Earlier this year, a little pink box of books appeared in front of the Good Shepard Episcopal Church in North Parkersburg. This little box is the first official Little Free Library to pop up in the Mid-Ohio Valley, constructed by and for members of the community. Little Free Libraries (LFL) are “take a book, return a book” gathering places where neighbors share their favorites stories and novels with each other. In its most basic form, it’s a box full of books where anyone may stop and pick up a book (or two) and bring back another to share.

The idea began with Todd Bol in Wisconsin when he built a model one-room school house as a tribute to his mother, who loved to read. Rick Brooks, at the University of Wisconsin-Madison saw Todd’s DIY project while they were discussing social enterprise. Inspired by Andrew Carnegie’s dream of free public libraries, the achievements of Miss Lutie Stearns, and other grassroots efforts, the two joined together to form the Little Free Library project in 2010. Since its inception, there are now over 15,000 LFLs, with thousands more being built.

LFLThis pink LFL may be the first of it’s kind in the Mid-Ohio Valley, but there are many more in the works. The Good Shepard Episcopal Church recently installed a community garden on its property, along with the “Garden Shed” — a structure modeled after the LFL, containing books on gardening, tools, and seeds. The community has plans to install several more LFLs around the neighborhood, each with its own unique sense of character. The Belpre Youth Chamber of Commerce also just dedicated their own Little Free Library at the Belpre Senior Center at the end of May.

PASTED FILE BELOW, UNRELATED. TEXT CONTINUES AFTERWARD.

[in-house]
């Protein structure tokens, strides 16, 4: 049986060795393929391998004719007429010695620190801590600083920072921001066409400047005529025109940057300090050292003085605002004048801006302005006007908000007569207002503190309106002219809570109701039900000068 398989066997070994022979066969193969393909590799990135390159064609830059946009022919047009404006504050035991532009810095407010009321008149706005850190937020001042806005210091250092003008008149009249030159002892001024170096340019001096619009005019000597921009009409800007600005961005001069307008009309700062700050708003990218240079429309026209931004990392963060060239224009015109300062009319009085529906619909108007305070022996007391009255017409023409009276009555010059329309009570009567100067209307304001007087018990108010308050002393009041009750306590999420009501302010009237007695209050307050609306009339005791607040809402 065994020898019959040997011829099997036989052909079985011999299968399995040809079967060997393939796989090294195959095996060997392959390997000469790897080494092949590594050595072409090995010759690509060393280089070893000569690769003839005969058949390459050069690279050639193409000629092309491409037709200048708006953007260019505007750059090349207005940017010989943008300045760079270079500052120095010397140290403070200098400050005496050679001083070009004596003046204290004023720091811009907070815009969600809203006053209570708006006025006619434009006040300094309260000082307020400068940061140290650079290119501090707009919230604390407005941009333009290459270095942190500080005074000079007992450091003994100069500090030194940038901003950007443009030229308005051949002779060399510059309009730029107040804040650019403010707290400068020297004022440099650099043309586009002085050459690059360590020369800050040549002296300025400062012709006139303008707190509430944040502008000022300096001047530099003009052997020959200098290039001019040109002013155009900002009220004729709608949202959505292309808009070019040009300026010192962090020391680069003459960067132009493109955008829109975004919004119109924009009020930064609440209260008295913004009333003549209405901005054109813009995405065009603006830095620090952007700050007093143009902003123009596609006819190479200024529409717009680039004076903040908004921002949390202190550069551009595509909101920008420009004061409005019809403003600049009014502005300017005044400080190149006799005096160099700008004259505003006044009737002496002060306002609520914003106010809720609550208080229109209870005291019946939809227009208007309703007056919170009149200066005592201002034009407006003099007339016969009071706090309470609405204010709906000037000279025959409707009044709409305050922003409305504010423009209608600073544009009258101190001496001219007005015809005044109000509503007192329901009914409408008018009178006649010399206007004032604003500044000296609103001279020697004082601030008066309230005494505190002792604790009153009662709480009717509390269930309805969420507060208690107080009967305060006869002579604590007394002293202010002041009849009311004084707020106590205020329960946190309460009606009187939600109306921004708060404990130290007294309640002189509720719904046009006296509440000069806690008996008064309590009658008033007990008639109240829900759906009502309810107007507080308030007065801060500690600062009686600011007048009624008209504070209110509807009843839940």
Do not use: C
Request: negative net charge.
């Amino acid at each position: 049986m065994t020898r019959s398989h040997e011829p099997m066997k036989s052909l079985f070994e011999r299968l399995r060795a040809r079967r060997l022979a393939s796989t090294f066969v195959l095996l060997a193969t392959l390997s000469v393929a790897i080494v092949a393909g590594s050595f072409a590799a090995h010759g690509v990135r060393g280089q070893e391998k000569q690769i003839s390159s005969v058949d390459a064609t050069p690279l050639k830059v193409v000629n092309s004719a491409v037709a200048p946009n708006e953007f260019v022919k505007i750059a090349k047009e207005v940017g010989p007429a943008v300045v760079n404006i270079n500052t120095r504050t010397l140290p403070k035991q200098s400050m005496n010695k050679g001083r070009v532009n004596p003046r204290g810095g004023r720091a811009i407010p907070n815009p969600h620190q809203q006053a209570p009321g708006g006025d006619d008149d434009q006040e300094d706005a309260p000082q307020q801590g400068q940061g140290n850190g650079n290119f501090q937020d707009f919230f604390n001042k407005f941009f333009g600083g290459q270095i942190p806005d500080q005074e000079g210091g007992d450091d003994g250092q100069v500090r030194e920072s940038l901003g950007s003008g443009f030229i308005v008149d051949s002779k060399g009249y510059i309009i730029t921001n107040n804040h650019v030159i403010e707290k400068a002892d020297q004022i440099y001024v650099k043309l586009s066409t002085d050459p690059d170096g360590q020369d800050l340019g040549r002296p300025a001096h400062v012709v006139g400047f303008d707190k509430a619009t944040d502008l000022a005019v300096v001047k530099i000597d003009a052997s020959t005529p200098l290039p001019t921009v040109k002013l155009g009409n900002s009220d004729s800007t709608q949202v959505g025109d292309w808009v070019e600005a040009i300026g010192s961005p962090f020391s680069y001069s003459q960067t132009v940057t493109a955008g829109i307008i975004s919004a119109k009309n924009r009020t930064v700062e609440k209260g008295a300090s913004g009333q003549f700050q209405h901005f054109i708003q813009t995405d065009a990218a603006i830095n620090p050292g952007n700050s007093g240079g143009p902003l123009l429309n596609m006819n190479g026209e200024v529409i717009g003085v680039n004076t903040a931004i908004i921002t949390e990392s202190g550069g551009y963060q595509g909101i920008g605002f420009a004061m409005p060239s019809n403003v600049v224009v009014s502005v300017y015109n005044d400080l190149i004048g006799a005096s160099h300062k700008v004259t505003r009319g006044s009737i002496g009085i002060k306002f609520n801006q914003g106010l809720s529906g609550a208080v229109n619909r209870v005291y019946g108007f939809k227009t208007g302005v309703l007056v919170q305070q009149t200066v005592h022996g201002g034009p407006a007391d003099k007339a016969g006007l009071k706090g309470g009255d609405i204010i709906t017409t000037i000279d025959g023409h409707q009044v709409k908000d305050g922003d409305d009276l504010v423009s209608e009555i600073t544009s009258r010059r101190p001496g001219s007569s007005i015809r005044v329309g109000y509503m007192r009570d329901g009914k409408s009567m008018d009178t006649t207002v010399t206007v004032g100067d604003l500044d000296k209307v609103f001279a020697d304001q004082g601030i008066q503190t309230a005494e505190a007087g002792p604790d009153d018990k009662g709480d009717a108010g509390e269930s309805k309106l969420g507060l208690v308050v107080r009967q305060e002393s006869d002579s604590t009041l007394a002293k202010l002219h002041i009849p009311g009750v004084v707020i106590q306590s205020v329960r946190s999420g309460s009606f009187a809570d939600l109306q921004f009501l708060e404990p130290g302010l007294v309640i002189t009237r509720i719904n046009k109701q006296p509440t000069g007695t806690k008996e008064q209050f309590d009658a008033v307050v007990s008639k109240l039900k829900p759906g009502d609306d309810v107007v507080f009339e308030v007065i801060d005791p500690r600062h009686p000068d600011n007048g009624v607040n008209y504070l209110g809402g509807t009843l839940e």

The beauty of the Little Free Library is that anyone can build one — their website even offers how-to instructions for inspired builders. Every builder seems to give their LFL its own personality, however — some are built to look like the scale versions of the houses they sit in front of, others more whimsically resemble animals or fictional characters. A wonderful way to brighten up a neighborhood, these boxes of books are encouraging communities to come together and share in the joys of reading.

Here are just a few examples of how this project has been interpreted: